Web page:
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Discussion Starter #1
Today is the first day of the MLB first year player draft, and the Mariners have the fifth overall pick. Most mock drafts have the M's taking Cal pitcher Brandon Morrow, who most agree has the best arm in the draft. Unfortunatly 'best arm' does not translate into 'best stuff'. Although Morrow posses a good, albeit straight, fastball and a developing breaking ball, he has not put up the dominating pitching numbers one would expect. Scouts say alot of this is due to his exposing the ball early in his wind up, allowing hitters a longer window to follow the ball on it's path to the plate. I'm not sure if this is something that can be corrected without throwing his wind up completely out of whack, but it is definetly an area of concern.

Of greater concern is that top prospect Andrew Miller, a left handed pitcher from the University of North Carolina is plummeting down draft boards as the news gets out that he is seeking a signing bonus in the 8 million dollar range. Rumors are creeping in that these demands are an effort to guide Miller down in the draft so that he lands at the 13th pick with the Cubs.

I'm going to be pretty ticked if the Mariners let him slide by, as the hard throwing lefty would be a great fit in Safeco Field. It's not like the M's can't afford the signing bonus either, as they are a big market club, and annually are among the league leaders in profits. A one - two punch in two years of Felix and Miller would be something to see.
 

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Discussion Starter #2
M's draft Morrow at #5. Blah.
 

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Discussion Starter #3
Pitching has dominate the Mariners early picks, as they followed the selection of Morrow with three well built high school pitchers: Chris Tilman, Tony Butler, and Nathan Adcock, in rounds 2,3, and 5. In round 4 they drafted a relief pitcher out of the University of Miami, Ricky Orta, who is said to have good stuff, but has yet to put it together. In round 6 the Mariners drafted their first hitter, Adam Moore, a catcher out of the University of Texas at Arlington.
 

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J_Bird said:
Pitching has dominate the Mariners early picks, as they followed the selection of Morrow with three well built high school pitchers: Chris Tilman, Tony Butler, and Nathan Adcock, in rounds 2,3, and 5. In round 4 they drafted a relief pitcher out of the University of Miami, Ricky Orta, who is said to have good stuff, but has yet to put it together. In round 6 the Mariners drafted their first hitter, Adam Moore, a catcher out of the University of Texas at Arlington.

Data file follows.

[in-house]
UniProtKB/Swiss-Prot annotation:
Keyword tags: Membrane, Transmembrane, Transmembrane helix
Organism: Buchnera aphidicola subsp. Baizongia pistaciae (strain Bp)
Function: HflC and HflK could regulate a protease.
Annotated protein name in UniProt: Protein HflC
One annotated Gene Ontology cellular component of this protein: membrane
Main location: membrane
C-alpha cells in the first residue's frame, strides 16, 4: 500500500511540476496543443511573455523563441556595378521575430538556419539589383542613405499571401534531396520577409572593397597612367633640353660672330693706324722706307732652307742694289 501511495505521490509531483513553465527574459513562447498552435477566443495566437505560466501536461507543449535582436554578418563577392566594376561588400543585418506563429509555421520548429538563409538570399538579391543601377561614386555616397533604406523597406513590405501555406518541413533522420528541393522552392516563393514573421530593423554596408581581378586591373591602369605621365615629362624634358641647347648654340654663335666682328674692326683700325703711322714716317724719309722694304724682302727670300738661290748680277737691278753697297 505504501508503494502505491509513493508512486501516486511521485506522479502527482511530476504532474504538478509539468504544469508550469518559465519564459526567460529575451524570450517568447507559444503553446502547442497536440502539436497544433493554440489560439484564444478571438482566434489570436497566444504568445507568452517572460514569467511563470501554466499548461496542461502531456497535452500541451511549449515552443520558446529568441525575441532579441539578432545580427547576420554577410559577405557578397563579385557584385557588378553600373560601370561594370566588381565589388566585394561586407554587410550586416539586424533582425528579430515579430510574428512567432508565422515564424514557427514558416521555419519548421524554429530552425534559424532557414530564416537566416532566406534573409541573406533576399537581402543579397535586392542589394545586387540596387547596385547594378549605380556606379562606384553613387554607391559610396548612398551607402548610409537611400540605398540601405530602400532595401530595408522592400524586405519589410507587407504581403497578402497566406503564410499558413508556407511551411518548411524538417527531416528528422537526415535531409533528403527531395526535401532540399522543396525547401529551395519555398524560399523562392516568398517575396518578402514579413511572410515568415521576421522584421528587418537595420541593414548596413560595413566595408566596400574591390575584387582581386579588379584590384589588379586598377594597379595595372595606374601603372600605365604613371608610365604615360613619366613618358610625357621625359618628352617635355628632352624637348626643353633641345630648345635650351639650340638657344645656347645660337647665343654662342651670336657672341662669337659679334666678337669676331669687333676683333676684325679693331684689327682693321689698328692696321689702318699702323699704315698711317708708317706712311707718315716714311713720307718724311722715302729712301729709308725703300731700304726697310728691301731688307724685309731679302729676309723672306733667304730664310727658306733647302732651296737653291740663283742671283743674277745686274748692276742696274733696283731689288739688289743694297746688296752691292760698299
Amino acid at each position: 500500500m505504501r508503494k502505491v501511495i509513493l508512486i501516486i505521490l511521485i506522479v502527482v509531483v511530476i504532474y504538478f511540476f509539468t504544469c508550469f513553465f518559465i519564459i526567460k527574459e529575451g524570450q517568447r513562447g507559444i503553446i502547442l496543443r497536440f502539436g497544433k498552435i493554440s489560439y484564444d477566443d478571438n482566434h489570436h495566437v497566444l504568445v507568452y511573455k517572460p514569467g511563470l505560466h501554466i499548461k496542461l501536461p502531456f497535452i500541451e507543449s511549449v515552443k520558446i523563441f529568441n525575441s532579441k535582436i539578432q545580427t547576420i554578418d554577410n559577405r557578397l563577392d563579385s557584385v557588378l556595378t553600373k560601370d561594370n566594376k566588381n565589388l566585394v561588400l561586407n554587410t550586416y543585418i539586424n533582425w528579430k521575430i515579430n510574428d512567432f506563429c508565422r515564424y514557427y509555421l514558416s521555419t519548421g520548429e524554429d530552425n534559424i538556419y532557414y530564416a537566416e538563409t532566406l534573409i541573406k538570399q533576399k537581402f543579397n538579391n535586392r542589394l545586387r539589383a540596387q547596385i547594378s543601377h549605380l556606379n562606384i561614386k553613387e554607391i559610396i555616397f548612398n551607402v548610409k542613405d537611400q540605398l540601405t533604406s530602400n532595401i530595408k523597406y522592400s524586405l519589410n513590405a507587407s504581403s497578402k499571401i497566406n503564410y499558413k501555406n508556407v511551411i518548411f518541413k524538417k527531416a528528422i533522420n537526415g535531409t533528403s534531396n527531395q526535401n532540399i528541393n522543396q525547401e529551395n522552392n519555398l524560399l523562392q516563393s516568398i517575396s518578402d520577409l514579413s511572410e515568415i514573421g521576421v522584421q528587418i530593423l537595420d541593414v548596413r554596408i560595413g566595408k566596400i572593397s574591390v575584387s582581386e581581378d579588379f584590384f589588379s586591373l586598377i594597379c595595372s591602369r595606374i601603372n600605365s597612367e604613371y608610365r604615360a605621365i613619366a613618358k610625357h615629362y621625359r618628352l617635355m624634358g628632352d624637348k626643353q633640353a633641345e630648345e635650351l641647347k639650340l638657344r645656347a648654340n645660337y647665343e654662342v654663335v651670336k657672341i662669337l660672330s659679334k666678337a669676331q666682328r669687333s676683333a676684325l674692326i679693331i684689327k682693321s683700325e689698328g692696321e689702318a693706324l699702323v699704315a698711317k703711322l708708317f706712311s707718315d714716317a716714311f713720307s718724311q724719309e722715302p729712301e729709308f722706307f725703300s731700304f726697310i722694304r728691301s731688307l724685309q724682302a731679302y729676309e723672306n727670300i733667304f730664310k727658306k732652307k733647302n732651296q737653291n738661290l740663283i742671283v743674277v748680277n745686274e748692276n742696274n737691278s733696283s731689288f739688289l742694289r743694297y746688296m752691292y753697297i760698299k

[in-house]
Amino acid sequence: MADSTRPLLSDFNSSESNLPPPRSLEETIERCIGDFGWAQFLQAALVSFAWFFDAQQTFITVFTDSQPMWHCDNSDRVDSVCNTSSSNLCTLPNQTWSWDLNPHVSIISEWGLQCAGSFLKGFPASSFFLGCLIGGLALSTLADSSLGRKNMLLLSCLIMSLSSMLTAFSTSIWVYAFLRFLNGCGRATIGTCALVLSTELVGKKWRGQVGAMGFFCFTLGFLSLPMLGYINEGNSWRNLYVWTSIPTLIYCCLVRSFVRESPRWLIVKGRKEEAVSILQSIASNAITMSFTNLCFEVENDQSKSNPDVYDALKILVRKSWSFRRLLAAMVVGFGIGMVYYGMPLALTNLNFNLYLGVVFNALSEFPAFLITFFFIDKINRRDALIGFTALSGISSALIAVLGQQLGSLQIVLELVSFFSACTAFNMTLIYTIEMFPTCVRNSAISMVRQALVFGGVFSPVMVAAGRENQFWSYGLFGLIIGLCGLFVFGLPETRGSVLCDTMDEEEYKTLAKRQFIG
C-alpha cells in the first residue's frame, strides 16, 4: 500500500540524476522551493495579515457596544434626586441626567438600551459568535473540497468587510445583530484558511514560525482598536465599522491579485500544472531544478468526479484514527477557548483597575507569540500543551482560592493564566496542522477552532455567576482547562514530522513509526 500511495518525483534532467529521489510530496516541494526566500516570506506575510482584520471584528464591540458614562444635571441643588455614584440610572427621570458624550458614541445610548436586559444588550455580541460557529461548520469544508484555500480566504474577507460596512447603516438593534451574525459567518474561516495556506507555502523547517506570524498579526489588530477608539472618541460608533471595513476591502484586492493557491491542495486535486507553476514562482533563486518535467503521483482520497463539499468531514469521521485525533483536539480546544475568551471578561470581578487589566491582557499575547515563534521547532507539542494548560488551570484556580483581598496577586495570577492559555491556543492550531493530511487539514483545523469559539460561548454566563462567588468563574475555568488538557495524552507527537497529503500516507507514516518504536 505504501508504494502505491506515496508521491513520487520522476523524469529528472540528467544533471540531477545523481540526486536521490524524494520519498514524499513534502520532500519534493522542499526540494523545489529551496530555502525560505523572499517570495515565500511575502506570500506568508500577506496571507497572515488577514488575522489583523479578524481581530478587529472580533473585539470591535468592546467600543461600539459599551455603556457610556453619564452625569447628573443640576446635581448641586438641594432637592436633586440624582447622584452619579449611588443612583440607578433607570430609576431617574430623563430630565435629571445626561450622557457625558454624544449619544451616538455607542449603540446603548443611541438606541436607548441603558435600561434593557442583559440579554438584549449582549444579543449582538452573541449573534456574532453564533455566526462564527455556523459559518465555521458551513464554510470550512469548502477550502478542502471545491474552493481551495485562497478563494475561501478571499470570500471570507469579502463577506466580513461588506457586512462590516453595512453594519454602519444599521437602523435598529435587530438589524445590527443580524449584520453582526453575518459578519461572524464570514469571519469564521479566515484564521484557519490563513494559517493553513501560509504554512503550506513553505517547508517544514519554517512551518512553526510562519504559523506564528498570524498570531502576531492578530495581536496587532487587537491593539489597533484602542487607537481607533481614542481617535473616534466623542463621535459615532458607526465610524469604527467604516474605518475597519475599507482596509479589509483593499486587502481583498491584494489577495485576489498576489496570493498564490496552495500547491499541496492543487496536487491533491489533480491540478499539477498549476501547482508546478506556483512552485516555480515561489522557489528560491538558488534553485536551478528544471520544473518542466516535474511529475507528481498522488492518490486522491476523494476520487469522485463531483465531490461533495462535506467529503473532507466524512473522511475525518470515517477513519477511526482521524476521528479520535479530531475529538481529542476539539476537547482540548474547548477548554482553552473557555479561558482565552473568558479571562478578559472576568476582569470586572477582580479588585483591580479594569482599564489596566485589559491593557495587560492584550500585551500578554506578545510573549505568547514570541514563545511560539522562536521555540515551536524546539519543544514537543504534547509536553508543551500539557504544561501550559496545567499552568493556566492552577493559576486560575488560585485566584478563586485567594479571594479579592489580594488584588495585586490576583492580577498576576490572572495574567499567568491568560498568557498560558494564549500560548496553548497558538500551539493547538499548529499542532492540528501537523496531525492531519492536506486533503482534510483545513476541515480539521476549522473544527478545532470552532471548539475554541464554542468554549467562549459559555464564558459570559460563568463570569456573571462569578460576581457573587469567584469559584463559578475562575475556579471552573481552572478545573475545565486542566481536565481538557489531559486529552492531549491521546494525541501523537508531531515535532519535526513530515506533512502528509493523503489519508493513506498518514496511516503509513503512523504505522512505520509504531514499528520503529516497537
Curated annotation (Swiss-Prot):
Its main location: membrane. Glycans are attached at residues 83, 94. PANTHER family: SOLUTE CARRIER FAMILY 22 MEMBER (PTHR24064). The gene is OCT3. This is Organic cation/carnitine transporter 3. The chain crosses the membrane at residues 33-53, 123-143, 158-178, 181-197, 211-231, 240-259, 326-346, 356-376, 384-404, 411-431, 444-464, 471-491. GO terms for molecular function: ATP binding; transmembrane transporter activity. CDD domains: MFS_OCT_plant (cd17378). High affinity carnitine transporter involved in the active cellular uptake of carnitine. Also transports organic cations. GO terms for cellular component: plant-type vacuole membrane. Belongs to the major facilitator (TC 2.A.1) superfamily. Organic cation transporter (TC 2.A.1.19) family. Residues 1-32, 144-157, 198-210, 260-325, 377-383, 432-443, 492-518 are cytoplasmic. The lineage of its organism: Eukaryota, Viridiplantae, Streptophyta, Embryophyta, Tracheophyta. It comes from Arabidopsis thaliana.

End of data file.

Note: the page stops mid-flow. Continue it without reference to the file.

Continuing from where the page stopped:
A Catcher over Outfielder?
 

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Discussion Starter #6
The more time passes the better I feel about the selection of Morrow. The kid has some real positives going for him (great delivery, best arm in the draft, will benefit from the lack of metal bats in the minors). Miller's bonus demands were evidently starting at 8 million, which is insane for an unproven prospect. I can understand (now that I've had time to think about it) why the M's would take a pass on him.

The catcher, Moore, is unlikely to stay behind the plate from what I have heard. He will be moved to either first base or a corner outfield position. He wasn't drafted for his glove, but for his bat. He has displayed good power and a great eye at the plate during his college days.

Outside of adding a centerfielder from Florida State and a shortstop from Stanford, the Mariners have continued to draft pitcher after pitcher (none who truly stand out) trying to restock the lower levels of the minor league system.
 

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J_Bird said:
The more time passes the better I feel about the selection of Morrow. The kid has some real positives going for him (great delivery, best arm in the draft, will benefit from the lack of metal bats in the minors). Miller's bonus demands were evidently starting at 8 million, which is insane for an unproven prospect. I can understand (now that I've had time to think about it) why the M's would take a pass on him.

The catcher, Moore, is unlikely to stay behind the plate from what I have heard. He will be moved to either first base or a corner outfield position. He wasn't drafted for his glove, but for his bat. He has displayed good power and a great eye at the plate during his college days.

Outside of adding a centerfielder from Florida State and a shortstop from Stanford, the Mariners have continued to draft pitcher after pitcher (none who truly stand out) trying to restock the lower levels of the minor league system.

I really like the selection of Marrow after seeing some game tape of him during the M's game.
 
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